The feast of Corpus Christi (Body of Christ) celebrates the real presence of Jesus in the Eucharist, his Body and Blood, Soul and Divinity. This feast represents something of a high point, drawing out and celebrating the full force of the Paschal Mystery: Jesus defeats death and sin and rises to new life on Easter Sunday; after his ascension, he and the Father send the Holy Spirit (see John 15:26; 16:7) at Pentecost, followed by Trinity Sunday and then Corpus Christi.
The Trinity is the eternal communication of the divine nature from Father to Son, and through the loving embrace of Father and Son, the Holy Spirit proceeding forth from them both. This is the immanent Trinity, God’s own inner life from all eternity.
The economic Trinity concerns God’s going outside of himself, in his works of creation and redemption. In the Paschal Mystery, we see the sending of the Son and the Spirit, which extends and prolongs these internal processions within God into time (see Scheeben, Mysteries of Christianity, 481). The sacraments, quintessentially the Eucharist, make present the Paschal Mystery and bring us up into this inner dynamic of life and love.
Thus, the Paschal Mystery is never locked in the past, but exists in the ever-present—especially in the Eucharist, so that the entire people of God can be offered up to the Father, “through him, with him, and in him.”
Let us now take a look at the Eucharist through the biblical lens of the manna and Holy of Holies.
God liberated Israel from Egypt in the Exodus, but for life in the Promised Land. The manna is precisely that food for the journey that sustained Israel after the Exodus, en route to the Promised Land. And in fact, the manna ceased when the Israelites finally arrived (Joshua 5:12). Keep in mind that the manna was no ordinary bread, but “bread of angels” (Psalm 78:24-25) which miraculously fell daily—(a point that may lie behind the petition “Give us our daily bread,” (read Brant Pitre’s Jewish Roots, 93-7). Jesus clearly stated that this ancient manna foreshadowed the Eucharist, announcing the superiority of the latter:
“Your fathers ate manna in the wilderness, and they died. This [the Eucharist] is the bread that comes down from heaven, so that one may eat of it and not die” (John 6:49).
We also find a similar link between Jesus’ multiplication of the loaves and the Last Supper: the same four verbs in Greek recur (lambano [take/took], eulogeo [blessed], klao [broke], didomi [gave]) (Matthew 14:19; 26:26). In fact, there is a Church at Tabgha on the Sea of Galilee dating back to the fourth century, which marks the site of the multiplication of the loaves; in this Church, there is a Mosaic with only four loaves of bread (not five, as in the story in Matthew 14:17); the point is clear: the fifth one is on the altar! Clearly, these fourth-century Christians and the Gospel writers viewed the multiplication of the loaves as prefiguring a greater miracle to come, namely, the Holy Eucharist.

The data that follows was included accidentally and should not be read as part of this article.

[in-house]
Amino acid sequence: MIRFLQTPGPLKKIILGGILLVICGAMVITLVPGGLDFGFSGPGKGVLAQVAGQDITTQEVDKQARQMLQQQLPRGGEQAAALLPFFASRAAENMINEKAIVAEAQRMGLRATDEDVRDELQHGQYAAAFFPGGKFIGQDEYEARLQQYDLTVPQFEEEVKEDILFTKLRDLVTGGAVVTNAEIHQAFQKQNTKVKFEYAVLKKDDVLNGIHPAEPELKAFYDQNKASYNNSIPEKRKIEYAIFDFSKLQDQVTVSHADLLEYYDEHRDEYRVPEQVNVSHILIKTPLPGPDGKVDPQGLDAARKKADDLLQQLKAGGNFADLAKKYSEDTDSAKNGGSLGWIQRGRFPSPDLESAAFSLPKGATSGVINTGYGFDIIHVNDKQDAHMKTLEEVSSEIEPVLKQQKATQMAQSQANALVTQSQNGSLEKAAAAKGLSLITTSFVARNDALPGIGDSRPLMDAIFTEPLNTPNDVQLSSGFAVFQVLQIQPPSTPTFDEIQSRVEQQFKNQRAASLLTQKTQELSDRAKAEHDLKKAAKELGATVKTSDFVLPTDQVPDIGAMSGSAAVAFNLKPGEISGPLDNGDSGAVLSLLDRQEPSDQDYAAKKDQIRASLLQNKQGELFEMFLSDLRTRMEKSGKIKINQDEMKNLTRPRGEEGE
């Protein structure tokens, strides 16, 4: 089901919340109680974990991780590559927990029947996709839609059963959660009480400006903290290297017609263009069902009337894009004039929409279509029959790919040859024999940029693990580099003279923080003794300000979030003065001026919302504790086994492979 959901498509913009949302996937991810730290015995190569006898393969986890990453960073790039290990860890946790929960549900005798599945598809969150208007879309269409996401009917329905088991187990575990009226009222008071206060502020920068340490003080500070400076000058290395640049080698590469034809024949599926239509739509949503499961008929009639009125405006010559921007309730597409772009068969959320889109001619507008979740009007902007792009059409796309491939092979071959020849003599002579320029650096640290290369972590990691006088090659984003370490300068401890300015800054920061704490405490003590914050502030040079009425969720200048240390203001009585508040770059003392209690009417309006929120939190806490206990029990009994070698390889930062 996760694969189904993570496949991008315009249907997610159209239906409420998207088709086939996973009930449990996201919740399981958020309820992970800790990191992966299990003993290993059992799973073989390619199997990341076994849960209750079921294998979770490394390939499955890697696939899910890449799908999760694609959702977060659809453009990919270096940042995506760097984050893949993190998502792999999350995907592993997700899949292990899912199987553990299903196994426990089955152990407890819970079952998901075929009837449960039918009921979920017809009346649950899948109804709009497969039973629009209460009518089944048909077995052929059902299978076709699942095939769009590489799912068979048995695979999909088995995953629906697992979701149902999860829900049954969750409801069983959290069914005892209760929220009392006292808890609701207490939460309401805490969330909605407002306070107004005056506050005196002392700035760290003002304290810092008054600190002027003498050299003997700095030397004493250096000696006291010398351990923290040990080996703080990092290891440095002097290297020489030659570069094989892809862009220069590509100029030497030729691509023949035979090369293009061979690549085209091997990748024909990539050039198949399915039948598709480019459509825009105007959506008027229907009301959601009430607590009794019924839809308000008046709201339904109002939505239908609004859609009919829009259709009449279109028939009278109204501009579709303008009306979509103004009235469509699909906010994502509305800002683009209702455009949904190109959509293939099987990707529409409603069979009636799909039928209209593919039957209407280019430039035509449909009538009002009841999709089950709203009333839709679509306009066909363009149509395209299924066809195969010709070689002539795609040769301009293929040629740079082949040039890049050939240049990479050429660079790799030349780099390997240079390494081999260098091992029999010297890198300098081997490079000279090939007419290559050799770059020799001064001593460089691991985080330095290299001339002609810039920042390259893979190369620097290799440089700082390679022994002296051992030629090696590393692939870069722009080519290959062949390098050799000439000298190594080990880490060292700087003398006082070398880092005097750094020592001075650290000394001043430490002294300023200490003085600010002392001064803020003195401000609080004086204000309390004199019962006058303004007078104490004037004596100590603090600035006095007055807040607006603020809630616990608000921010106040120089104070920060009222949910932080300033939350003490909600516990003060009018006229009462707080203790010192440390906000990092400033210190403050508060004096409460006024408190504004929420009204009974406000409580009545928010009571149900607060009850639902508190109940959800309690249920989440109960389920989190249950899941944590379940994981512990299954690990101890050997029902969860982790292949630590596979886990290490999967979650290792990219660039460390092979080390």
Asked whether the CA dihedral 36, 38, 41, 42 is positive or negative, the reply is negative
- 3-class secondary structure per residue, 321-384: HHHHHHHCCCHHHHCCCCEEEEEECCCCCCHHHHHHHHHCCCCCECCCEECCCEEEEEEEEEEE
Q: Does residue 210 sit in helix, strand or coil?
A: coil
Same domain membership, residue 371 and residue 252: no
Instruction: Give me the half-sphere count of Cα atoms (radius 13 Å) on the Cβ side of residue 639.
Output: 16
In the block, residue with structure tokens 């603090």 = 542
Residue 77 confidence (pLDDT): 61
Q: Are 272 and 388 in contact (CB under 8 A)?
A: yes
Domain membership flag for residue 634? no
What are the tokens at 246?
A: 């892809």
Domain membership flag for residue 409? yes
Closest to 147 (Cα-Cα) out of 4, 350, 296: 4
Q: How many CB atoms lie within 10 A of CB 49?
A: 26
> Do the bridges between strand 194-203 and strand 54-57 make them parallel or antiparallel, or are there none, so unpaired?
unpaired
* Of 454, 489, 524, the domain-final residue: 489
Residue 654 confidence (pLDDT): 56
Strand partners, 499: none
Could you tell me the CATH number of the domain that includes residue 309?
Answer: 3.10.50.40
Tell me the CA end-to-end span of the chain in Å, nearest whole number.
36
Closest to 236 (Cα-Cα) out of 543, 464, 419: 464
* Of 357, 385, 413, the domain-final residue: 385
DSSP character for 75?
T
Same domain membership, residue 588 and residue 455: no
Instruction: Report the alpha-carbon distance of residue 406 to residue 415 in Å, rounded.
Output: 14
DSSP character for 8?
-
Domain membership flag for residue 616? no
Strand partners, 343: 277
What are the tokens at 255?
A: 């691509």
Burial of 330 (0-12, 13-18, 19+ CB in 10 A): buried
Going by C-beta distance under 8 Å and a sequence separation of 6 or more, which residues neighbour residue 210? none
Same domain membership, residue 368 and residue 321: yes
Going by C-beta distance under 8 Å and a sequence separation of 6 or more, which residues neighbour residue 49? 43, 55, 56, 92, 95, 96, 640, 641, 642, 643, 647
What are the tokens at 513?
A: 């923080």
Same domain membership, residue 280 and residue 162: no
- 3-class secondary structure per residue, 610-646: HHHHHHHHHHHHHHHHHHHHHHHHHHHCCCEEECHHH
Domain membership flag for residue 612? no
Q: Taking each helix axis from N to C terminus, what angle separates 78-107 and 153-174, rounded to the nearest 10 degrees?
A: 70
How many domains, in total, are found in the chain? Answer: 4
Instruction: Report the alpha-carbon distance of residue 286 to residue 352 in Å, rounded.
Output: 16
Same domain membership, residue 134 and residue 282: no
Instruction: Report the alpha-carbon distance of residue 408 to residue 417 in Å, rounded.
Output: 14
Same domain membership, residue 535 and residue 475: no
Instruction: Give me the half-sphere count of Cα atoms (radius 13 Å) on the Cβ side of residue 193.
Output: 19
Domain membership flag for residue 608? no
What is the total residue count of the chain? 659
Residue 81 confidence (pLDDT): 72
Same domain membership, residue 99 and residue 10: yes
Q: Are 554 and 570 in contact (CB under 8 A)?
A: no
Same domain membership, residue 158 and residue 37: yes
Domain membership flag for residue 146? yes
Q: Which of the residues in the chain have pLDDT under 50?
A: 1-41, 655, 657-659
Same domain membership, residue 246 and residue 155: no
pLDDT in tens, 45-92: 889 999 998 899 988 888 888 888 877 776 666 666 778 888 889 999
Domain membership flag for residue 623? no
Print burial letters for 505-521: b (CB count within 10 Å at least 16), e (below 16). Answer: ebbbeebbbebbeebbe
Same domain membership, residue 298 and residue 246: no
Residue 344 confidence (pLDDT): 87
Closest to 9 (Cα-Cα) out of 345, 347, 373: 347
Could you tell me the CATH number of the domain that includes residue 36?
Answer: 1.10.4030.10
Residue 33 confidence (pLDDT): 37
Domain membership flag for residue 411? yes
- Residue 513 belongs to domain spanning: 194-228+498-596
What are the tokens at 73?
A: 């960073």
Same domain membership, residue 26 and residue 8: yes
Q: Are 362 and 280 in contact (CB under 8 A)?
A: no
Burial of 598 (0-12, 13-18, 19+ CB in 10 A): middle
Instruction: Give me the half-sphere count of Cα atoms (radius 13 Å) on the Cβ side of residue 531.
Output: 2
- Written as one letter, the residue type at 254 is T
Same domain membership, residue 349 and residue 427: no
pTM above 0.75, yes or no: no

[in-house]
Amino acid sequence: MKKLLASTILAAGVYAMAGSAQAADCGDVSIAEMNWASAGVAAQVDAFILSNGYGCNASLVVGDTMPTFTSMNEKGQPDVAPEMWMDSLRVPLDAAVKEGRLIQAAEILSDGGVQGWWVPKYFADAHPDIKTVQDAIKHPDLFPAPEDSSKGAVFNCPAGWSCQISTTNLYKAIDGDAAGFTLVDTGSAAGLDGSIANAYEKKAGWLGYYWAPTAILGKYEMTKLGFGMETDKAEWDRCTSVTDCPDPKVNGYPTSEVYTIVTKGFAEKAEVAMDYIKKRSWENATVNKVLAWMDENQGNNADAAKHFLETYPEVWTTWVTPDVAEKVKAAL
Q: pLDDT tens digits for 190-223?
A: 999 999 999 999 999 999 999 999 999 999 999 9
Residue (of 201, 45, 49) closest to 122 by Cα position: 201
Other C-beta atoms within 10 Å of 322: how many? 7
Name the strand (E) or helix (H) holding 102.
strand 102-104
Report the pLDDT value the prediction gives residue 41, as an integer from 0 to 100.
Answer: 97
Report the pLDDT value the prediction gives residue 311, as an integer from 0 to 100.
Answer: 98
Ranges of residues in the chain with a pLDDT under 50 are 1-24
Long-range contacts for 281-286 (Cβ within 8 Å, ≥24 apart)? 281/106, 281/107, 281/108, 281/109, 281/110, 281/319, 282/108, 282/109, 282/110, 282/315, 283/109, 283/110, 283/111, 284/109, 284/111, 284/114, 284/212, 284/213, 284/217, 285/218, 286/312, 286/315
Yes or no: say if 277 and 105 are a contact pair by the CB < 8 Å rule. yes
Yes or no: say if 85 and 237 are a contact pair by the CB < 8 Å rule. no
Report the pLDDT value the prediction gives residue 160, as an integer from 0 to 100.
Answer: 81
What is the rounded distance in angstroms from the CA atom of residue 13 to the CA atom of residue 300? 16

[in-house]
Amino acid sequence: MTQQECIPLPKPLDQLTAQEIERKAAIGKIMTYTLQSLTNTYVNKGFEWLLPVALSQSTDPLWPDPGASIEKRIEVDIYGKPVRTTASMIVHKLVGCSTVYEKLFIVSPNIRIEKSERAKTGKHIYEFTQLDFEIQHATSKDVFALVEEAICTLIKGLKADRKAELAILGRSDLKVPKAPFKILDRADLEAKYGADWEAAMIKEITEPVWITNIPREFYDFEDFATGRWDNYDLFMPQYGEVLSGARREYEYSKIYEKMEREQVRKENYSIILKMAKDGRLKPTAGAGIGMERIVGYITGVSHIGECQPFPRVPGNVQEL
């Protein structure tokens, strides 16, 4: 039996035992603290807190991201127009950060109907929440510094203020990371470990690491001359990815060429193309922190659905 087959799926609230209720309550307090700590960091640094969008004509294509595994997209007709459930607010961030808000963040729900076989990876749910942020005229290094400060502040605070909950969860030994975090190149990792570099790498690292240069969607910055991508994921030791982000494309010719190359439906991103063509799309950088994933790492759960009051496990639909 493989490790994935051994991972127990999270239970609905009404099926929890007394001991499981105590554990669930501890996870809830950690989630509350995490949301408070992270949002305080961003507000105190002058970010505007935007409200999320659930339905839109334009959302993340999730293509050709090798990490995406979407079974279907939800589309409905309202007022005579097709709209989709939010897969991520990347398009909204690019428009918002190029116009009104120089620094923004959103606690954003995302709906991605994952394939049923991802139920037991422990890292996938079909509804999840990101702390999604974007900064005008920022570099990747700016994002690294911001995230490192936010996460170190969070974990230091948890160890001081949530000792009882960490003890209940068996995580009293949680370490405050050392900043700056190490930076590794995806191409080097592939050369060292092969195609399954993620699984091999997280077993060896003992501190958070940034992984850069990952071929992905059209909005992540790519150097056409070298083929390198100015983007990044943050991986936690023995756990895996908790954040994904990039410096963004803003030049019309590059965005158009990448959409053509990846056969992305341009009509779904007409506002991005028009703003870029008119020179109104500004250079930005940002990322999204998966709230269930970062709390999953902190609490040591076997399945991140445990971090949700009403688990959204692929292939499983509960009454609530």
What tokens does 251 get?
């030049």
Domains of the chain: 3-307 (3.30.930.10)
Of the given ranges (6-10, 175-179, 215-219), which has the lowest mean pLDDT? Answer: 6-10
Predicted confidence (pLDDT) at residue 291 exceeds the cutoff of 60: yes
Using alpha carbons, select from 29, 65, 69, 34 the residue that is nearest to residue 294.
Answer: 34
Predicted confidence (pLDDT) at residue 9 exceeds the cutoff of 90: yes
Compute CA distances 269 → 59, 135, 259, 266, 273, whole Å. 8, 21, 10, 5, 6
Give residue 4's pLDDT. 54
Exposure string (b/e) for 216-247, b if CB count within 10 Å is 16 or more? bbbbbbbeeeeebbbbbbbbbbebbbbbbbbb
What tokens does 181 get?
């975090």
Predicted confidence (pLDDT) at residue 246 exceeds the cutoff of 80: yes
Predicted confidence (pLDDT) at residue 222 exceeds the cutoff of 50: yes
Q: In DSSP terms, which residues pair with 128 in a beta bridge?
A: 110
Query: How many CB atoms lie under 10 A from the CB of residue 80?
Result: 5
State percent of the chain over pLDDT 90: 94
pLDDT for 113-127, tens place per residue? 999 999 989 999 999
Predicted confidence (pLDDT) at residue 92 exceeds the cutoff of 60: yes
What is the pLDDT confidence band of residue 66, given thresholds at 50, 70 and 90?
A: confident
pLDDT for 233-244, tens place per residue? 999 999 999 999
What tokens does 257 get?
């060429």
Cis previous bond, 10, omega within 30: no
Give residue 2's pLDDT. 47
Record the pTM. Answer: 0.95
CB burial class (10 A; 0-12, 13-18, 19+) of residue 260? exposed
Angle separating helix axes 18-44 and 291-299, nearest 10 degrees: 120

Holy of Holies
In the Letter to the Hebrews, there is an allusion to the curtain that separated the Holy of Holies from the Holy Place in the Temple. In Hebrews, the earthly Temple gives way to the heavenly; and the curtain through which we pass to enter the heavenly Holy of Holies is none other than the risen flesh of Jesus Christ:
“we enter … by the blood of Jesus, by the new and living way … through the curtain, that is, through his flesh” (Hebrews 10:20).
Through the Eucharist, we pass into something greater than the ancient Holy of Holies—through Christ’s risen flesh in the Eucharist, we pass into the heavenly Holy of Holies, whereby we have hope that we may eat and “live forever” (John 6:51; see also Genesis 3:22b).
Wherever the King is, there is the Kingdom; and in the Eucharist, the King is present—as is his Kingdom. Jesus won’t have one ounce more glory at the end of time than he does right now in the Eucharist; the difference will only be in our ability to see.
If you enjoyed this blog post, you’ll love Dr. Swafford’s Great Adventure Bible study on the book of Romans! Get it here!
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Dr. Andrew Swafford is associate professor of theology at Benedictine College. He is general editor and contributor to The Great Adventure Catholic Bible published by Ascension, and host of the Bible study Romans: The Gospel of Salvation (and author of the companion book), also by Ascension. Andrew is author of Nature and Grace, John Paul II to Aristotle and Back Again, and Spiritual Survival in the Modern World. He holds a doctorate in sacred theology from the University of St. Mary of the Lake and a master’s degree in Old Testament & Semitic Languages from Trinity Evangelical Divinity School. He is member of the Society of Biblical Literature, Academy of Catholic Theology, and a senior fellow at the St. Paul Center for Biblical Theology. He lives with his wife Sarah and their five children in Atchison, Kansas. Follow him on Twitter: @andrew_swafford.
Dr. Swafford’s latest project with Ascension, Romans: The Gospel of Salvation is now available.